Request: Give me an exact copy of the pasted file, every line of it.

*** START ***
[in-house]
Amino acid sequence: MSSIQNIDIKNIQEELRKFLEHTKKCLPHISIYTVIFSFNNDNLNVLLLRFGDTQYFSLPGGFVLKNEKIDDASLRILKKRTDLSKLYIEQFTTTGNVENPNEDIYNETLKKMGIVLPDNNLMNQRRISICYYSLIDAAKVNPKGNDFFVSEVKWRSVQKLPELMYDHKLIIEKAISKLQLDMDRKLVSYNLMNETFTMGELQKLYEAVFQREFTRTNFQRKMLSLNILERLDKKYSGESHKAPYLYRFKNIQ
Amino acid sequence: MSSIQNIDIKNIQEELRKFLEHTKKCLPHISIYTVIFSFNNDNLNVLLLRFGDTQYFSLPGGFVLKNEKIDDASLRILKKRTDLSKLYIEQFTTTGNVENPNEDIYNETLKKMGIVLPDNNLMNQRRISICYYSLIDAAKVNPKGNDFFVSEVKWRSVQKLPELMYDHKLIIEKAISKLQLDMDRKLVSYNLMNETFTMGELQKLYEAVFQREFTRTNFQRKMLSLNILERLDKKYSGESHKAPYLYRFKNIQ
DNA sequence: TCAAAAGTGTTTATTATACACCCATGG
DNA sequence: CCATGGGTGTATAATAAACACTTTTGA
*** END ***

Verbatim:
[in-house]
Amino acid sequence: MSSIQNIDIKNIQEELRKFLEHTKKCLPHISIYTVIFSFNNDNLNVLLLRFGDTQYFSLPGGFVLKNEKIDDASLRILKKRTDLSKLYIEQFTTTGNVENPNEDIYNETLKKMGIVLPDNNLMNQRRISICYYSLIDAAKVNPKGNDFFVSEVKWRSVQKLPELMYDHKLIIEKAISKLQLDMDRKLVSYNLMNETFTMGELQKLYEAVFQREFTRTNFQRKMLSLNILERLDKKYSGESHKAPYLYRFKNIQ
Amino acid sequence: MSSIQNIDIKNIQEELRKFLEHTKKCLPHISIYTVIFSFNNDNLNVLLLRFGDTQYFSLPGGFVLKNEKIDDASLRILKKRTDLSKLYIEQFTTTGNVENPNEDIYNETLKKMGIVLPDNNLMNQRRISICYYSLIDAAKVNPKGNDFFVSEVKWRSVQKLPELMYDHKLIIEKAISKLQLDMDRKLVSYNLMNETFTMGELQKLYEAVFQREFTRTNFQRKMLSLNILERLDKKYSGESHKAPYLYRFKNIQ
DNA sequence: TCAAAAGTGTTTATTATACACCCATGG
DNA sequence: CCATGGGTGTATAATAAACACTTTTGA